As she settled into the seating arrangement I noticed she had some little girl's jewelry and a doll in a plastic shopping bag at her side. I loved it when they came in carrying things I could see into. As a fake, detail analysis and exploitation of opportunity was my forte. It made the tips a whole lot bigger.
I arranged my crystal ball in front of her, carefully watching her reaction. "Oh," she sounded disappointed, "not as fancy as Zelda's, I 'spected it 'ud be lots better." Great, all I needed was local competition with a fortune that wouldn't jibe. Better not to ask. The little I needed to know would likely be revealed involuntarily.
"Well, we all have our favorites," I said smoothly. "I call this one my Sphere of Influence. It was passed down from my great grandmother, who was a gypsy. Funny, isn't it, her name was Zelda, too. That may very well be a fortunate coincidence." The ball was early thrift store, $4.99, as I recalled. I had patched the small pock marks with windshield scratch repairer. Vaseline added a soft iridescent patina. There were a few little expenses of the trade. The only great grandmother I knew anything about had been a staunch Methodist named Maude. But hey, who knew about the others?
I rearranged my loops of garish plastic necklaces and retucked my hair into my loud polyester scarves, fussing with my pawnshop rings, examining my hands carefully. Buildup was important, I had found. Longer waits made the customer more anxious, more receptive.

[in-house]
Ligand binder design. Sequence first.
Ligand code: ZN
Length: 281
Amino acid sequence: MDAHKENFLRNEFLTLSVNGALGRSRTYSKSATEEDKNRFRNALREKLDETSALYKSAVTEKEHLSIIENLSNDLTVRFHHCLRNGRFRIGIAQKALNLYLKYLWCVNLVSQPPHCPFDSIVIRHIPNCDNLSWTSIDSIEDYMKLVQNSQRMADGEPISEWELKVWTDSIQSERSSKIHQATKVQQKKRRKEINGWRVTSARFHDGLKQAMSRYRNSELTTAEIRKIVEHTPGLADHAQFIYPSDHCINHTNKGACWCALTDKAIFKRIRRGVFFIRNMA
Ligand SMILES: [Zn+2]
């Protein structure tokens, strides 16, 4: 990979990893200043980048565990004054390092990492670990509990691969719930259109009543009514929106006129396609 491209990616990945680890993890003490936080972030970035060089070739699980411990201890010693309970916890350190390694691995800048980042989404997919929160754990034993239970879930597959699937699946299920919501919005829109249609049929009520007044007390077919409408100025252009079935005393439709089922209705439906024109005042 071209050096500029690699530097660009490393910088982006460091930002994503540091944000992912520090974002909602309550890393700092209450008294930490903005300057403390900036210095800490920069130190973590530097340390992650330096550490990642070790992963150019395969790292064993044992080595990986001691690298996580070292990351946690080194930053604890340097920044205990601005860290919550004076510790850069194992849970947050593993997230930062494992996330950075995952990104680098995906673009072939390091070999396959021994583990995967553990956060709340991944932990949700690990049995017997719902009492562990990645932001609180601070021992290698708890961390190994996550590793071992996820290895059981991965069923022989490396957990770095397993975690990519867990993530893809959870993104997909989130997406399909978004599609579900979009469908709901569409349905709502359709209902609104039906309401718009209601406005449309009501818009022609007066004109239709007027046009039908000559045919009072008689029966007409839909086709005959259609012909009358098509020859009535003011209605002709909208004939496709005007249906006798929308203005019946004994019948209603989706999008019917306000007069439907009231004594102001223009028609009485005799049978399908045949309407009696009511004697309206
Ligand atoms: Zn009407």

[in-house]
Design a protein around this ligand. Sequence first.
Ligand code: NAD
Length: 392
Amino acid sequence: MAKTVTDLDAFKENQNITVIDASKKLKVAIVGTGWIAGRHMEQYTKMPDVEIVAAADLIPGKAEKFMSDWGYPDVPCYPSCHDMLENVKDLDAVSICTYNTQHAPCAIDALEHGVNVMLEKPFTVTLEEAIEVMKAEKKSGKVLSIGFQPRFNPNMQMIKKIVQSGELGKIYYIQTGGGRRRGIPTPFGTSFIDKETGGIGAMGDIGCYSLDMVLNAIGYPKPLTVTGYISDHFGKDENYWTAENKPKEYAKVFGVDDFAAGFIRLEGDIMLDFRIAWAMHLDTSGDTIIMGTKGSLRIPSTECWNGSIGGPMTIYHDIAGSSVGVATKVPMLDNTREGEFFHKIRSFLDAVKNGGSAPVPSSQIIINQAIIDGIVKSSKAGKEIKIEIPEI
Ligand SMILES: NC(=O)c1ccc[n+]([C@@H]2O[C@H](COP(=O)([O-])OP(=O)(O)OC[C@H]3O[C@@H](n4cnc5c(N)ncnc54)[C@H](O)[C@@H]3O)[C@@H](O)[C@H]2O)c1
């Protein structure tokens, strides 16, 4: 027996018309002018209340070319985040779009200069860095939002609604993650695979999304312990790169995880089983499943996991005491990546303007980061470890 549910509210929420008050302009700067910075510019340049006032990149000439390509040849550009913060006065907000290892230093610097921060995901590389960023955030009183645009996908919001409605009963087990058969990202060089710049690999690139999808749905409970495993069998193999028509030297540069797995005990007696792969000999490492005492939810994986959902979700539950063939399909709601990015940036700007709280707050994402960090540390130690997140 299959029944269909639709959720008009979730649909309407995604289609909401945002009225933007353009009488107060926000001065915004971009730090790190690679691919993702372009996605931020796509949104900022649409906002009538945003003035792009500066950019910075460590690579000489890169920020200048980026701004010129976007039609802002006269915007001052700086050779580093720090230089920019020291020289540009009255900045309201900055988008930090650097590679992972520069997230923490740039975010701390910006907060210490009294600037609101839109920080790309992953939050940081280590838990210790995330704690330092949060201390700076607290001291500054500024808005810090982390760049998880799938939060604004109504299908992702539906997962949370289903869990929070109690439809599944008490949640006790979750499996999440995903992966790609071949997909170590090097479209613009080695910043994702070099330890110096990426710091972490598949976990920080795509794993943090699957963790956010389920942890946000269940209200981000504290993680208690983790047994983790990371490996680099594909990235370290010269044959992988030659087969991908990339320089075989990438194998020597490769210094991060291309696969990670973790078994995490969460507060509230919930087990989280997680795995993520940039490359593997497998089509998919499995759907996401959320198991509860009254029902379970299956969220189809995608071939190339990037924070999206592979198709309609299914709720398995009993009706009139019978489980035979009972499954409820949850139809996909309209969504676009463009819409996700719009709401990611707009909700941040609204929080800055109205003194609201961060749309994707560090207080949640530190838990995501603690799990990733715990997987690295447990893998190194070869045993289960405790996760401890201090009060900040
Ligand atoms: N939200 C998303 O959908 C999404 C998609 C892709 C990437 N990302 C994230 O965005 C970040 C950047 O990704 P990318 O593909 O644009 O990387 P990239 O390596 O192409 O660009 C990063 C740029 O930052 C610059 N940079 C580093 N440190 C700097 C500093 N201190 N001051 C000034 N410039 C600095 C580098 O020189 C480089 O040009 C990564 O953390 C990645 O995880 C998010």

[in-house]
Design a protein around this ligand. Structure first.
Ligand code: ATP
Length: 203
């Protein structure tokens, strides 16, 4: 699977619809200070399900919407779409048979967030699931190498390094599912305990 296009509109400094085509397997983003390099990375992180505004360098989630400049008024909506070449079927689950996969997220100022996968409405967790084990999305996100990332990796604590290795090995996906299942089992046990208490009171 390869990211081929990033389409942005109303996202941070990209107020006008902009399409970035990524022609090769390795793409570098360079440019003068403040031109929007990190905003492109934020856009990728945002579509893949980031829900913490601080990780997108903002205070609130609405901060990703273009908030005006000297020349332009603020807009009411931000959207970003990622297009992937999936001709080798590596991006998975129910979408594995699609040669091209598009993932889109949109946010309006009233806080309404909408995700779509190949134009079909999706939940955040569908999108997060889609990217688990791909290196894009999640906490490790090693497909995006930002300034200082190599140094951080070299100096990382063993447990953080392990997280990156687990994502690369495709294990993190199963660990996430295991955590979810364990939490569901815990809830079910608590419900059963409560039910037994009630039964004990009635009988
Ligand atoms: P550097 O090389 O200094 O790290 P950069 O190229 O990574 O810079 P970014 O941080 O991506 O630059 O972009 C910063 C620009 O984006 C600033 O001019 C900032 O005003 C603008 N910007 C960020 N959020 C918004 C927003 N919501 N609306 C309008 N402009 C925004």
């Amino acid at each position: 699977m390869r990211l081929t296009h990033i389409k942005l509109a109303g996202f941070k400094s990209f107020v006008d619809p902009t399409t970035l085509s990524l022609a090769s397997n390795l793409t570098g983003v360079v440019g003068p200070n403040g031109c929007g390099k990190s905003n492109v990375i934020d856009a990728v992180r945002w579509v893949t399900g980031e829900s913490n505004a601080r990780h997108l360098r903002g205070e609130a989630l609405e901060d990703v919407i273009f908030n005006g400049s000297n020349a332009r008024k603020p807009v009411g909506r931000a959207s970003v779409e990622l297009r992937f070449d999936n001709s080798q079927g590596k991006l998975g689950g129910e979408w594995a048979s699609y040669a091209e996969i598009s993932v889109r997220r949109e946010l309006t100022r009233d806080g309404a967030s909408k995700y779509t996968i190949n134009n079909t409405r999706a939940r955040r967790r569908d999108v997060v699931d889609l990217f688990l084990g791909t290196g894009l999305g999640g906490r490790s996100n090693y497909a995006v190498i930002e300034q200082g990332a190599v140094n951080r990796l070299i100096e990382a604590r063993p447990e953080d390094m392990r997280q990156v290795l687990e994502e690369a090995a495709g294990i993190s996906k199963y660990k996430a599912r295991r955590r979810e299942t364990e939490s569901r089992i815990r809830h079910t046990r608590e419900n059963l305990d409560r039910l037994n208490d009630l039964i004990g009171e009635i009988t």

I placed my hands over the ball, cupping them towards myself. "Ooh," she cooed, "yur green stone, that's so cool. You get that aroun' here?" Flawed green glass was always impressive when fashioned into larger rings. Hospital thrift shop, if memory served. Fifty cents. No tax. Two cents of pearlescent nail polish added murky depth.
"Columbian emerald, never met the man who bought it, was a gift from his wife for several years of highly accurate predictions involving great wealth. I am really sorry I can't tell you more, but you know, those in our profession must practice client confidentiality, our reputations depend on it."
"Yeah, course, I get it. Wouldn't want you to spill nothing 'bout this to my Bobby, neither. You won't tell him, will ya?" Her eyes searched mine in the dim light above the crystal ball.
"All of your secrets are safe with me," I assured her. "He will never know." If all went well, I would never see her again, and I sincerely hoped never to meet Bobby. I could only imagine.